Love the foil idea. We were gifted a Coleman Roadtrip. Comes with griddle and an attachment that you can use a frying pan with. Jerry made bacon and eggs on it last weekend as trying to figure it out as we have always been Weber charcoal cookers. The cleaning…never easy. Once our charcoal grate was so dirty someone said spray with Grease Lightening and put in a garbage bag overnight. But for easy, fast, immediate clean up I’m still stumped.


    • The foil really helps. I use the cheapest kind I can find as heavy duty foil can get expensive.

      I think the bottom line is, if you grill, you pay with a mess!


  4. Marcia

     /  October 18, 2012

    Thanks for the info about the Coleman stove/grill. Very helpful esp. the part about cleaning it.


    • Well, Marcia, it’s the best I can do right now, but I sure do wish there was some kind of little laser thing I could just zap the burned off stuff off with! 🙂


  5. When we would transfer from one duty station to another it meant deep cleaning everything. I learned from an old Chief’s wife to put oven shelves, stove burners, etc., into a black garbage bag along with a dish of ammonia. Set the whole thing out in the sun for the afternoon. Stuff practically slides off by itself. That trick saved me more than a couple of times when checking out of Navy housing.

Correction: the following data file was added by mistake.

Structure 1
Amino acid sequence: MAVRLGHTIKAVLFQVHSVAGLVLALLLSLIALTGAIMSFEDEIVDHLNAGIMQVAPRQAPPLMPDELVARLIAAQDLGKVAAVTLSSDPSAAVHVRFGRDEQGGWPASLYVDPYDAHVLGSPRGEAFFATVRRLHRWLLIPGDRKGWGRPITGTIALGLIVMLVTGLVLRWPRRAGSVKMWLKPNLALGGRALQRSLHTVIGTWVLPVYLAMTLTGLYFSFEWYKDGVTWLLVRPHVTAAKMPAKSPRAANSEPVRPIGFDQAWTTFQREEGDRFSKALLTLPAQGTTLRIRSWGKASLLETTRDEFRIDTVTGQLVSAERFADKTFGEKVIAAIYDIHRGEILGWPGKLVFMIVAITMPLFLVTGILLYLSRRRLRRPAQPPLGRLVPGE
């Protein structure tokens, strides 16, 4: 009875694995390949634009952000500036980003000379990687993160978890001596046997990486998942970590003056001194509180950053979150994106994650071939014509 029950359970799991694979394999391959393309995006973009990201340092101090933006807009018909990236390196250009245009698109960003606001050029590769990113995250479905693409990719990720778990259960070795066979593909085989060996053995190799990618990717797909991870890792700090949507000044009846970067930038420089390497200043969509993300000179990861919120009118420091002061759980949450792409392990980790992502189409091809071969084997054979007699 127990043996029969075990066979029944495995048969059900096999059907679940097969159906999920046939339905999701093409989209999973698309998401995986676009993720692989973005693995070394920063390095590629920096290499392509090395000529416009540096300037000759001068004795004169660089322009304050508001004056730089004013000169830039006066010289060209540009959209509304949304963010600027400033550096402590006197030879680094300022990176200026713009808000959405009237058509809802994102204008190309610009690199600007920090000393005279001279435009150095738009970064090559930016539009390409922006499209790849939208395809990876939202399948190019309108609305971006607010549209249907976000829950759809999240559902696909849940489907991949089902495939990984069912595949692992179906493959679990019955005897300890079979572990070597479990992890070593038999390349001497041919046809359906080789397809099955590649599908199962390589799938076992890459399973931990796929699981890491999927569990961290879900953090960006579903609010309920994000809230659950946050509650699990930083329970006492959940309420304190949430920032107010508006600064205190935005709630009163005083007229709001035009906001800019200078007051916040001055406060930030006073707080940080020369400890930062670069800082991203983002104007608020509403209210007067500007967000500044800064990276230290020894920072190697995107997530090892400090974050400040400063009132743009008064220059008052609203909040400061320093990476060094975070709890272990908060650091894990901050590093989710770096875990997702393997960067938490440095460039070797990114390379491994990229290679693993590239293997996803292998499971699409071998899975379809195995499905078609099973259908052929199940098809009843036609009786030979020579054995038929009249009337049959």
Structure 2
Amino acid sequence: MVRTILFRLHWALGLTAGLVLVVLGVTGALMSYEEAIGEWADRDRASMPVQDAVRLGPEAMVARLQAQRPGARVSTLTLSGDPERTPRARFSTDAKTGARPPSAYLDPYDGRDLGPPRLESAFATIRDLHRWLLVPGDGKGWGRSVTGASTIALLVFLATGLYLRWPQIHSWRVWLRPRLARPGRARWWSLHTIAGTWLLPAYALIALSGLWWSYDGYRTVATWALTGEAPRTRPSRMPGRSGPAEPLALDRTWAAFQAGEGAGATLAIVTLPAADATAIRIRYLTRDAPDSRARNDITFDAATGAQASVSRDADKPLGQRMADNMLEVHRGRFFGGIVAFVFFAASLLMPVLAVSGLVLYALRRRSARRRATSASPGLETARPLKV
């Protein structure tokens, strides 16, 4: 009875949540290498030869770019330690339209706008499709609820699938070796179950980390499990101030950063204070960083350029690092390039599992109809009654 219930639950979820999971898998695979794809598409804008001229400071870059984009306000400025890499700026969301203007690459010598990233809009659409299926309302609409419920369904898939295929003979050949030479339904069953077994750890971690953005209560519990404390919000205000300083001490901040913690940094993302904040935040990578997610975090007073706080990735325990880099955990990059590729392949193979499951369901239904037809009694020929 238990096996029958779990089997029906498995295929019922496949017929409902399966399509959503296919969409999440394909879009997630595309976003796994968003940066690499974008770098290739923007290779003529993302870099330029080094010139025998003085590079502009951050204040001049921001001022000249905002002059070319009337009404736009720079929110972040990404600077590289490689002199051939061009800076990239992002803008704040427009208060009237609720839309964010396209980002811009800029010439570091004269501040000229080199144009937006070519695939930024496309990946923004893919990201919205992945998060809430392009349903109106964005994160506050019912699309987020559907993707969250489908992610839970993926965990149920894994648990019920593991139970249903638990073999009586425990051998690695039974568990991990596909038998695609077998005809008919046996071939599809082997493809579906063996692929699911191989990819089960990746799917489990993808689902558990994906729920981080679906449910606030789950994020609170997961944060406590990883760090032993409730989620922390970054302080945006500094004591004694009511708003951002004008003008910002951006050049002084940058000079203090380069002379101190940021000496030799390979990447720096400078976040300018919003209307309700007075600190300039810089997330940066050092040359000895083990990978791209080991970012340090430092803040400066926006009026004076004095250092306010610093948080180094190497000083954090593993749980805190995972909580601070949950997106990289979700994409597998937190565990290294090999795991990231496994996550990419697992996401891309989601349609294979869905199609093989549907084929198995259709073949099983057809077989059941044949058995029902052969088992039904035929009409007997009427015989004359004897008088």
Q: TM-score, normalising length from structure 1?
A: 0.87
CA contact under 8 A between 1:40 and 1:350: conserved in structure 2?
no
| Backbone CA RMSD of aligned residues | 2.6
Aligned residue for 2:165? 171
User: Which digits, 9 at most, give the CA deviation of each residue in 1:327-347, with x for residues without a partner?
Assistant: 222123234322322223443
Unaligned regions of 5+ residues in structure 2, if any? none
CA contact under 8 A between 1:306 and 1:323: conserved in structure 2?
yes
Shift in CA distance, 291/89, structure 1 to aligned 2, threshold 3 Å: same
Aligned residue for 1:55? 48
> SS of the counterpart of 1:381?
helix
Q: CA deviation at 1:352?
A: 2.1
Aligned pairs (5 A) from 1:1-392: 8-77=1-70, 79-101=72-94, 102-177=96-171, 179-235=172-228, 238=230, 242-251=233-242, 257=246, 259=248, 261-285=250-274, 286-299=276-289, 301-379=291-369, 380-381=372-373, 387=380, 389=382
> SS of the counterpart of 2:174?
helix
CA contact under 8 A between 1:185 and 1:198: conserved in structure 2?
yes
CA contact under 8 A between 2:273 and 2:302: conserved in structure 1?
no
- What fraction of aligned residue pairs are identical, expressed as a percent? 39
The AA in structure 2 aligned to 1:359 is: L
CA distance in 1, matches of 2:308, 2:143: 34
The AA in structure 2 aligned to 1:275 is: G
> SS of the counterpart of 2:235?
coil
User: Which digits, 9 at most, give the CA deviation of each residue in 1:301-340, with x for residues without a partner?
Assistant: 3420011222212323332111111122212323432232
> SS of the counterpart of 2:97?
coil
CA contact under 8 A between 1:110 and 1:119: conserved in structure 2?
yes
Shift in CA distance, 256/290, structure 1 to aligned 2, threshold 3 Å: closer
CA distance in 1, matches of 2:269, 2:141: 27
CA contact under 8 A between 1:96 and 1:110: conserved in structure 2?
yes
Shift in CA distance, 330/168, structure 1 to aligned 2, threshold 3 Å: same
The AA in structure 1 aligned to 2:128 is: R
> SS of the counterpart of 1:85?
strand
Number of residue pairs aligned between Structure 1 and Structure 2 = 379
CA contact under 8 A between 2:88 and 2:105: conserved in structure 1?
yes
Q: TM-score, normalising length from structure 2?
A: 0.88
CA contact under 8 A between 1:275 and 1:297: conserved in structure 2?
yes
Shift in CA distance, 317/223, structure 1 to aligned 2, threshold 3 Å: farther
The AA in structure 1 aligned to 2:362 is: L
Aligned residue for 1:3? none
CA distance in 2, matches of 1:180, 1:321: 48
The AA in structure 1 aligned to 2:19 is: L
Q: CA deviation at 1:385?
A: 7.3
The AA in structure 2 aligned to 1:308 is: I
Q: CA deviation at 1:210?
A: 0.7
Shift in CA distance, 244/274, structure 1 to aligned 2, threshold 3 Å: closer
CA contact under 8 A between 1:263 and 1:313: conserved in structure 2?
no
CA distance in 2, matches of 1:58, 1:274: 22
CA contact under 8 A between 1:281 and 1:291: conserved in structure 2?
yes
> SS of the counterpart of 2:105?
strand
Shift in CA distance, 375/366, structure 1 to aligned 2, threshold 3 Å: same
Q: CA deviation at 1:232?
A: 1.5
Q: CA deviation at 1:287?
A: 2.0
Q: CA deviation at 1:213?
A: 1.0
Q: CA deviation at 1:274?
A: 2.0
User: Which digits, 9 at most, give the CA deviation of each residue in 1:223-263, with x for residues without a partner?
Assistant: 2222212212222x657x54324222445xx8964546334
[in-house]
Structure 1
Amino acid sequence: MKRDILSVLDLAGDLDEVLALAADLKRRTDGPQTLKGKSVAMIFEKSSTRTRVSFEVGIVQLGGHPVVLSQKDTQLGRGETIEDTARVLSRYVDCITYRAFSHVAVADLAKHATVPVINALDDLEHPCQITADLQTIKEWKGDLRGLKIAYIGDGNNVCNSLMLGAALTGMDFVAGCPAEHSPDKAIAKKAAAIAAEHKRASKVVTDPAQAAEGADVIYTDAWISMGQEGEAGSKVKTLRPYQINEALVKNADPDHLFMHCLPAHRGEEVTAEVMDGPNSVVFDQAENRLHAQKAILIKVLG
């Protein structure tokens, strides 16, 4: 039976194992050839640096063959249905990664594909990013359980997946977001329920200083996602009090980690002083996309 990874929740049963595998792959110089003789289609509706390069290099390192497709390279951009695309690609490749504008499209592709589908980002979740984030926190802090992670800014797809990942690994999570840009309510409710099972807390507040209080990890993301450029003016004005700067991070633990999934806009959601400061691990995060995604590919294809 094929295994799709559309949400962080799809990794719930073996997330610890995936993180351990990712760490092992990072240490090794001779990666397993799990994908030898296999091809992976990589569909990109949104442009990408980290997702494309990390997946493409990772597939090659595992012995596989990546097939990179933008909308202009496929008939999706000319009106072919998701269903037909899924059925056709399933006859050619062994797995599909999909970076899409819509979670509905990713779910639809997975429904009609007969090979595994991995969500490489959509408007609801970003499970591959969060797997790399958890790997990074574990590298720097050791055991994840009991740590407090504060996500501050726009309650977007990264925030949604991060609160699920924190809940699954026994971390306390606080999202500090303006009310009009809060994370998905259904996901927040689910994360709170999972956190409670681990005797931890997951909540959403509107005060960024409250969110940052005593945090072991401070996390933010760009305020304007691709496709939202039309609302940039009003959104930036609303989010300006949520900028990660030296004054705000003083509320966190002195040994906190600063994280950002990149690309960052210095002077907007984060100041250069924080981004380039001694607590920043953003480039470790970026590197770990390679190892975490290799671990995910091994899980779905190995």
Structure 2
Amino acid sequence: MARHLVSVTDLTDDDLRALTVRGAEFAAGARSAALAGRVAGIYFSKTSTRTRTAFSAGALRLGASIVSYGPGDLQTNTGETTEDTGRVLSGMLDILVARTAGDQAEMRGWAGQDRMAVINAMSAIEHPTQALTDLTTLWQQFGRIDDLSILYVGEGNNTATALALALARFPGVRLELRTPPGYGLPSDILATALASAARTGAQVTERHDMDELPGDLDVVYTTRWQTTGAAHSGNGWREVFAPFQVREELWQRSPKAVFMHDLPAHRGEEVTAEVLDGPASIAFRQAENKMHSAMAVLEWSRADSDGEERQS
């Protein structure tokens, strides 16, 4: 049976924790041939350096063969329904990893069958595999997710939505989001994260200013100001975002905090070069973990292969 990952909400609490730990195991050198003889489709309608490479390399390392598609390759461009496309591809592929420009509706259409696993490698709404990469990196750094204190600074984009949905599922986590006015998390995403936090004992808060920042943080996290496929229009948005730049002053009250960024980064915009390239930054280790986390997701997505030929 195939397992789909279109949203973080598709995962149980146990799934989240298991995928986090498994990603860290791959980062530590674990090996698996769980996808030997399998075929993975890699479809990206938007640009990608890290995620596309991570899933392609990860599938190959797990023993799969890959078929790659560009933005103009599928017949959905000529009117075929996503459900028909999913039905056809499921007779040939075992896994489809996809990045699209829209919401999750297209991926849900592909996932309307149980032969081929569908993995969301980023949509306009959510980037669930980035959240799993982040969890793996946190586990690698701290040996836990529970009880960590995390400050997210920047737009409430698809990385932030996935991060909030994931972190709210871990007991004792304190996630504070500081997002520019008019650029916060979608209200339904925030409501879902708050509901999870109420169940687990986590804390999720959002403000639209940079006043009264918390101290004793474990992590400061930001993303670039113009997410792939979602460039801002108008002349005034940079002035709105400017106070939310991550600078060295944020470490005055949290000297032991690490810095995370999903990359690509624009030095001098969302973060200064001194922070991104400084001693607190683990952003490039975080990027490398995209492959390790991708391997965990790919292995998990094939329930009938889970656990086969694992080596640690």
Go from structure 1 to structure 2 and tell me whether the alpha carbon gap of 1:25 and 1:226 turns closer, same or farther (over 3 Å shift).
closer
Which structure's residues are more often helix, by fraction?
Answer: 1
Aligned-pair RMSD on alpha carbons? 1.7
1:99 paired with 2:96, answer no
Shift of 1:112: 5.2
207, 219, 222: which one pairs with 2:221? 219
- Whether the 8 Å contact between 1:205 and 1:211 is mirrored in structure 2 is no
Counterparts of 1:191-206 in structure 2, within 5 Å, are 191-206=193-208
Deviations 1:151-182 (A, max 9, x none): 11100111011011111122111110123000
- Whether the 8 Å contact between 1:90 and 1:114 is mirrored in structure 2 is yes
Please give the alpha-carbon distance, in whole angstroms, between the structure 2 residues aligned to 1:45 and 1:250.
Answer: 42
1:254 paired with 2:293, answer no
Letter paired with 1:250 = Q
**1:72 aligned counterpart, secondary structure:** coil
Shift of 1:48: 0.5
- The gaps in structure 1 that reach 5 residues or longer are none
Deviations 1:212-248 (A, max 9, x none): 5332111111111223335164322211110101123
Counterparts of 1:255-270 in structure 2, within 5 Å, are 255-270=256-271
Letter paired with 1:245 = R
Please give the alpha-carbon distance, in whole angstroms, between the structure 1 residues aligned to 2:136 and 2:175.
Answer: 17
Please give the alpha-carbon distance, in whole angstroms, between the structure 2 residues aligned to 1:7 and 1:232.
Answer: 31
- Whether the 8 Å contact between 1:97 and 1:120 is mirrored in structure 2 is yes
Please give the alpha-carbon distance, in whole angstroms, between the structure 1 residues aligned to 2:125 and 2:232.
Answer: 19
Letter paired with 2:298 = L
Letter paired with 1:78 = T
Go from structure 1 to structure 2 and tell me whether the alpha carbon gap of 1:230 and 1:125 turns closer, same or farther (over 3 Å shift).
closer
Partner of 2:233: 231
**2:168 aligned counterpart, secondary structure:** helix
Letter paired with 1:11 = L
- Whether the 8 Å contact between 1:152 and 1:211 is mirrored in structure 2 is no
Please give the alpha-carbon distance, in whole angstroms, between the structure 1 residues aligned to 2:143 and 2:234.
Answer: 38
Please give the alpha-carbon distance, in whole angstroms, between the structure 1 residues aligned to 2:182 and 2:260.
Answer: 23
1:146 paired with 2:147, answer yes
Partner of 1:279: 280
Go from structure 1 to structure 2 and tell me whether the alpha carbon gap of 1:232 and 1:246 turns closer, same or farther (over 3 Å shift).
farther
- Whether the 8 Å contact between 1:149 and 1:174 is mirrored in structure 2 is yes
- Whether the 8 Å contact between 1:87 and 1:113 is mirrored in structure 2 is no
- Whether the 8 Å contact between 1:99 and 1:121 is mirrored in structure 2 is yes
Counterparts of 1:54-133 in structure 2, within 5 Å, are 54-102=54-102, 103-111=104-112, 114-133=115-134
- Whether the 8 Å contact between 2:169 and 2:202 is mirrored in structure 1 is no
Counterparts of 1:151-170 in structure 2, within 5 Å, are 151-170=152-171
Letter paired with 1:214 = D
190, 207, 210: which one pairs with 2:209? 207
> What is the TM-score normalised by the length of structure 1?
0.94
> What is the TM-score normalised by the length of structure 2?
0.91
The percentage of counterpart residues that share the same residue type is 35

• Thanks so much! I knew about soaking in ammonia to get the baked on grease off stove drip pans, but never made the connection to barbeque grills!


  6. I just bought one of the little stove / grills, too. I love it (for the most part) but find that I do most of the grilling in the center because it is the hottest there. The biggest annoyance (which I don’t mind that much) is that 90% of the knob’s movement does nothing. The propane is modulated with a tiny little adustment. Oh well… It’s less work than building a fire!


    • Brad, I meant to update this review a long time ago. Sorry I didn’t, but have just put a link to my new review after using it for a while.

      I hope you end up liking yours a lot better than I did mine! 🙂